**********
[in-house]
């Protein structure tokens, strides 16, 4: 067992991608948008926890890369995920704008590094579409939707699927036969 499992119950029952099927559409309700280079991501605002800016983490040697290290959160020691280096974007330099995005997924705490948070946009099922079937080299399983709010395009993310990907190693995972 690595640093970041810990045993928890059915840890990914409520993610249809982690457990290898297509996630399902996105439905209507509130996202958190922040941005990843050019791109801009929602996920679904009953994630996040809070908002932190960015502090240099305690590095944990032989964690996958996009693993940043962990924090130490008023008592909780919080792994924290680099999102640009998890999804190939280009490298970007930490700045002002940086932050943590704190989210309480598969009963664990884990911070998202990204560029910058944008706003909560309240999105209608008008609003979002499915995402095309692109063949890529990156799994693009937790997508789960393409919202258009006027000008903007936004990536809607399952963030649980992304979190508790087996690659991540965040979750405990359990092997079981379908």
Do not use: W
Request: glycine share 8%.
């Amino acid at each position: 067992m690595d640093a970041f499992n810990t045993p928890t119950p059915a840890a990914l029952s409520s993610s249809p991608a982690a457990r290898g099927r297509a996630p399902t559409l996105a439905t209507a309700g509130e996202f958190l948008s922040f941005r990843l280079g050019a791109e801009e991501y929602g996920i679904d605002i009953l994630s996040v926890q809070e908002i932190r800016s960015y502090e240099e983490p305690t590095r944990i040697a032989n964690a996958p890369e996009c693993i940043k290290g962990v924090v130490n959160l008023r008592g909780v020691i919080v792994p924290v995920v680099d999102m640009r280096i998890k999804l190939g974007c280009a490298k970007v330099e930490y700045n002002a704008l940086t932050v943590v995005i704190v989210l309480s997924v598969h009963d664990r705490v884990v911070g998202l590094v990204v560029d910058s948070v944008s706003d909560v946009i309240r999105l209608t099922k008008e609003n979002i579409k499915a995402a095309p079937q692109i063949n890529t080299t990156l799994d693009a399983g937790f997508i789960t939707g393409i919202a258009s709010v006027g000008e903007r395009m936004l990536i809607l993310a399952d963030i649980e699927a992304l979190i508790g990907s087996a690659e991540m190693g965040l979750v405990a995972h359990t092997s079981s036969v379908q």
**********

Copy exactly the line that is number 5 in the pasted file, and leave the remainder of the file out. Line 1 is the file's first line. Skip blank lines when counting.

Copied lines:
């Amino acid at each position: 067992m690595d640093a970041f499992n810990t045993p928890t119950p059915a840890a990914l029952s409520s993610s249809p991608a982690a457990r290898g099927r297509a996630p399902t559409l996105a439905t209507a309700g509130e996202f958190l948008s922040f941005r990843l280079g050019a791109e801009e991501y929602g996920i679904d605002i009953l994630s996040v926890q809070e908002i932190r800016s960015y502090e240099e983490p305690t590095r944990i040697a032989n964690a996958p890369e996009c693993i940043k290290g962990v924090v130490n959160l008023r008592g909780v020691i919080v792994p924290v995920v680099d999102m640009r280096i998890k999804l190939g974007c280009a490298k970007v330099e930490y700045n002002a704008l940086t932050v943590v995005i704190v989210l309480s997924v598969h009963d664990r705490v884990v911070g998202l590094v990204v560029d910058s948070v944008s706003d909560v946009i309240r999105l209608t099922k008008e609003n979002i579409k499915a995402a095309p079937q692109i063949n890529t080299t990156l799994d693009a399983g937790f997508i789960t939707g393409i919202a258009s709010v006027g000008e903007r395009m936004l990536i809607l993310a399952d963030i649980e699927a992304l979190i508790g990907s087996a690659e991540m190693g965040l979750v405990a995972h359990t092997s079981s036969v379908q």